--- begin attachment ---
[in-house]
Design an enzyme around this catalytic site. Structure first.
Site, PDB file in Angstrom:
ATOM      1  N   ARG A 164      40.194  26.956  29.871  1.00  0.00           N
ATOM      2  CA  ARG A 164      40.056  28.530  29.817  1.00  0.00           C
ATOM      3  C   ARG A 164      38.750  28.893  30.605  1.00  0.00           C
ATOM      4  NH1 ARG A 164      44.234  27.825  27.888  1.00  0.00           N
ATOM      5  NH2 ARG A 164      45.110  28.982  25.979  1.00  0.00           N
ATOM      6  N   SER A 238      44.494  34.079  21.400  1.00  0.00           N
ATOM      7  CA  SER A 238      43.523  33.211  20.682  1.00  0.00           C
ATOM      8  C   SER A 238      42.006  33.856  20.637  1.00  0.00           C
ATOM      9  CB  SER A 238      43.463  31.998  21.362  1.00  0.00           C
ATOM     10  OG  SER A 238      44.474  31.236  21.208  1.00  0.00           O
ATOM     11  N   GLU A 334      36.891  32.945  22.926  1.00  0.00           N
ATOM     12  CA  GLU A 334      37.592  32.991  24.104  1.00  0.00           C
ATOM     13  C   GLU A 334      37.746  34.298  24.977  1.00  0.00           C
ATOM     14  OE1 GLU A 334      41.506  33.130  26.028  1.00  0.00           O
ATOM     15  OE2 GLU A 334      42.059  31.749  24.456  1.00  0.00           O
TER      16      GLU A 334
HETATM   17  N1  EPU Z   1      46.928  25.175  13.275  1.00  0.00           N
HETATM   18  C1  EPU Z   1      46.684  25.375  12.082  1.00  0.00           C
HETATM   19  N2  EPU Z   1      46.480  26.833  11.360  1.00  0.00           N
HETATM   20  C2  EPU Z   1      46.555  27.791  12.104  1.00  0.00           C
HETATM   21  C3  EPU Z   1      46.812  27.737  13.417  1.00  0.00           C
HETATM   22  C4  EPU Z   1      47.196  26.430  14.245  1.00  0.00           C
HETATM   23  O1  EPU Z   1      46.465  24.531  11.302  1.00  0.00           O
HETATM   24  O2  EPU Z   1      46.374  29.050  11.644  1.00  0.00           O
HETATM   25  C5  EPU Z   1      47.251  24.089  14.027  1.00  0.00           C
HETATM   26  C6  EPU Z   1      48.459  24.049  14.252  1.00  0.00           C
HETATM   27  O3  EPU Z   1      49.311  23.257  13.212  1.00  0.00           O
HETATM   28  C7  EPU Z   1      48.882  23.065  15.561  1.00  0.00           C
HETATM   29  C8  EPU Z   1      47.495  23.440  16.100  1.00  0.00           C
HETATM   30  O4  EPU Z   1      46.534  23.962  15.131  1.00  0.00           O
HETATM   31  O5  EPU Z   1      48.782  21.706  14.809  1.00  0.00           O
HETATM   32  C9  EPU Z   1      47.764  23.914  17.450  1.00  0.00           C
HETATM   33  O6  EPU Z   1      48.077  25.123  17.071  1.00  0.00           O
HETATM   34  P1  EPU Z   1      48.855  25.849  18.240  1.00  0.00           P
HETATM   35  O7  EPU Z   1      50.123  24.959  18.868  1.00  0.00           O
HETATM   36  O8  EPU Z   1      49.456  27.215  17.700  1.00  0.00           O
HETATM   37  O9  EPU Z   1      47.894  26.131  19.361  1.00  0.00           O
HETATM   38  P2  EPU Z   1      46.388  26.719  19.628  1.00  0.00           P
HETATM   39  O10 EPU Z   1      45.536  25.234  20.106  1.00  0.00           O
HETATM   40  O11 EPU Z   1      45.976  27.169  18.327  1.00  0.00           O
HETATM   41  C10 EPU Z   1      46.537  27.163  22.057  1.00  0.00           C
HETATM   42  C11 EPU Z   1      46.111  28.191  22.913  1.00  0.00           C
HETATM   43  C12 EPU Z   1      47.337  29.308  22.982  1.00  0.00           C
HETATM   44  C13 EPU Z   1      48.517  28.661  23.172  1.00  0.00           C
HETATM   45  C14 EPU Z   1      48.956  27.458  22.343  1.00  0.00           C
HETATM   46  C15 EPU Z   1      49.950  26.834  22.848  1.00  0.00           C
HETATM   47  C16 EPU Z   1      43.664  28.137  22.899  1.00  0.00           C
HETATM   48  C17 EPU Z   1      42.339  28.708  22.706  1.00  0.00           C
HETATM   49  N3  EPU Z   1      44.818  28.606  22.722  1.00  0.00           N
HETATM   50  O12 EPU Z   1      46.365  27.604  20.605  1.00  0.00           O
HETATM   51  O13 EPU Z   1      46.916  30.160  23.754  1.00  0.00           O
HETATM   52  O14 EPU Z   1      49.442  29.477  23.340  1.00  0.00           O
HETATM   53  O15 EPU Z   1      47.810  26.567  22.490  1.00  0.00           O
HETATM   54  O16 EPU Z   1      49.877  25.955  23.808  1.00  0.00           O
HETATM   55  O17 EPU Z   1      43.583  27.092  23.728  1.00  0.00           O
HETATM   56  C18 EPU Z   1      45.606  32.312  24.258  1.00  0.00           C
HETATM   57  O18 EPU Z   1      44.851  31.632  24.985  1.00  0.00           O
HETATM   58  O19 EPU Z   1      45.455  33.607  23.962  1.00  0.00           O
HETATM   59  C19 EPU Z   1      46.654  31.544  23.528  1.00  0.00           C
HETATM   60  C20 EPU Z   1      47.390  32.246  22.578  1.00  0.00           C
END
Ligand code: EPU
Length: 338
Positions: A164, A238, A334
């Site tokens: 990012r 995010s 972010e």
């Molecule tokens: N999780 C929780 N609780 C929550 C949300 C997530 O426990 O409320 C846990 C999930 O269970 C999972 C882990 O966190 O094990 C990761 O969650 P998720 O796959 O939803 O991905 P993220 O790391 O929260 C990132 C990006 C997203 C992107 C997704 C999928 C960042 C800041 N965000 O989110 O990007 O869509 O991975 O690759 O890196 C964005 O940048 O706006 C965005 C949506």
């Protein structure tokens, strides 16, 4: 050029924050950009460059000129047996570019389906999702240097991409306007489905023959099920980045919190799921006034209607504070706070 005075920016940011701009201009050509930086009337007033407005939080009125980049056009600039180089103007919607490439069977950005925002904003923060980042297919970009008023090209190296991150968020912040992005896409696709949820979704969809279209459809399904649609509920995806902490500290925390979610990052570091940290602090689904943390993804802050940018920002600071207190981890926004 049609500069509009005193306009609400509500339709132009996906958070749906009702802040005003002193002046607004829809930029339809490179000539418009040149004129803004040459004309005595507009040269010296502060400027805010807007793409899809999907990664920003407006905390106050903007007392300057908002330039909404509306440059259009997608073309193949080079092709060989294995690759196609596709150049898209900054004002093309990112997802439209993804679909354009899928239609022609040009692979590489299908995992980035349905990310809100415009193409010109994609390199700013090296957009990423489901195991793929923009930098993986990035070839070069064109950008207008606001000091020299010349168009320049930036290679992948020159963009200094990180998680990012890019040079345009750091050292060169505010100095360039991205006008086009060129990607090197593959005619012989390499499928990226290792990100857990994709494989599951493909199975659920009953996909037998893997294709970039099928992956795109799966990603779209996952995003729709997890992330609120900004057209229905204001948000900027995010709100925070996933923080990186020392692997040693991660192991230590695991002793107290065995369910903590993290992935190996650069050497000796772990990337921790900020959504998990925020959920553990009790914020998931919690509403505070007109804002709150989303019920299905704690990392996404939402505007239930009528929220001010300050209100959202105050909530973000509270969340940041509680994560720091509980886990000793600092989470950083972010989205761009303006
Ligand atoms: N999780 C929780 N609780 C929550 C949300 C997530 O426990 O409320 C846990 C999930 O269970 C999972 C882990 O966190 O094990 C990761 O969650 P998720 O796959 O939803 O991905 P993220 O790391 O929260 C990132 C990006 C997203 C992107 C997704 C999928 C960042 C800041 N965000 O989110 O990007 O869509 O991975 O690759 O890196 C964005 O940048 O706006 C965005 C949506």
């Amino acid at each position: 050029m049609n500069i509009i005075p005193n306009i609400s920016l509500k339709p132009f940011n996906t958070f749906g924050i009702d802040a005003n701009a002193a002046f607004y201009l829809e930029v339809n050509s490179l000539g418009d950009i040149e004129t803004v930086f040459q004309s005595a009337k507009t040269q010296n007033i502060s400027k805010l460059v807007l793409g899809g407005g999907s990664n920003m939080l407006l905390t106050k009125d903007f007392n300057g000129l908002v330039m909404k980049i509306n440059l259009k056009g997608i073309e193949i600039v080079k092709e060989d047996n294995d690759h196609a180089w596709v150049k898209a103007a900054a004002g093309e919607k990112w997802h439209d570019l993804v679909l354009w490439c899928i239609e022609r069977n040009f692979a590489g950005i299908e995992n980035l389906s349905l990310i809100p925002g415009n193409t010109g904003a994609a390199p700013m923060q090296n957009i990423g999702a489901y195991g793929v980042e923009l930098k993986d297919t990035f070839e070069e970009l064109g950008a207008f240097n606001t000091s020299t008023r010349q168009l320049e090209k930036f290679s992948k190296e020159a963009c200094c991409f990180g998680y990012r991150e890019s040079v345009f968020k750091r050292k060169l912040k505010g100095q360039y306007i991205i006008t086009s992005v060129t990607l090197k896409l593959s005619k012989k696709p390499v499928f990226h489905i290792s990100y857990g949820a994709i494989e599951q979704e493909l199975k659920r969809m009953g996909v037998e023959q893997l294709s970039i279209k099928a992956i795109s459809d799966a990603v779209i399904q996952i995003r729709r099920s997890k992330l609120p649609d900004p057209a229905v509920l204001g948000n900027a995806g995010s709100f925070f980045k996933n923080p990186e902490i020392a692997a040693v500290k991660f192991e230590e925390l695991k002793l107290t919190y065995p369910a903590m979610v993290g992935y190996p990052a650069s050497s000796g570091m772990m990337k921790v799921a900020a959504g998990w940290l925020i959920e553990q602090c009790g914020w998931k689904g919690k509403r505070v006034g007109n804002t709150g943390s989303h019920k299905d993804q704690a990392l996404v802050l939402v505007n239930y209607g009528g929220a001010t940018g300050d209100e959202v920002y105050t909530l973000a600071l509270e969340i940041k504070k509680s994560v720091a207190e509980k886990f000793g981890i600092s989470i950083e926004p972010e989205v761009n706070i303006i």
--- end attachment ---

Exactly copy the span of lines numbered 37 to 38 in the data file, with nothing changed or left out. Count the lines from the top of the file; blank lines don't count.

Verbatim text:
HETATM   34  P1  EPU Z   1      48.855  25.849  18.240  1.00  0.00           P
HETATM   35  O7  EPU Z   1      50.123  24.959  18.868  1.00  0.00           O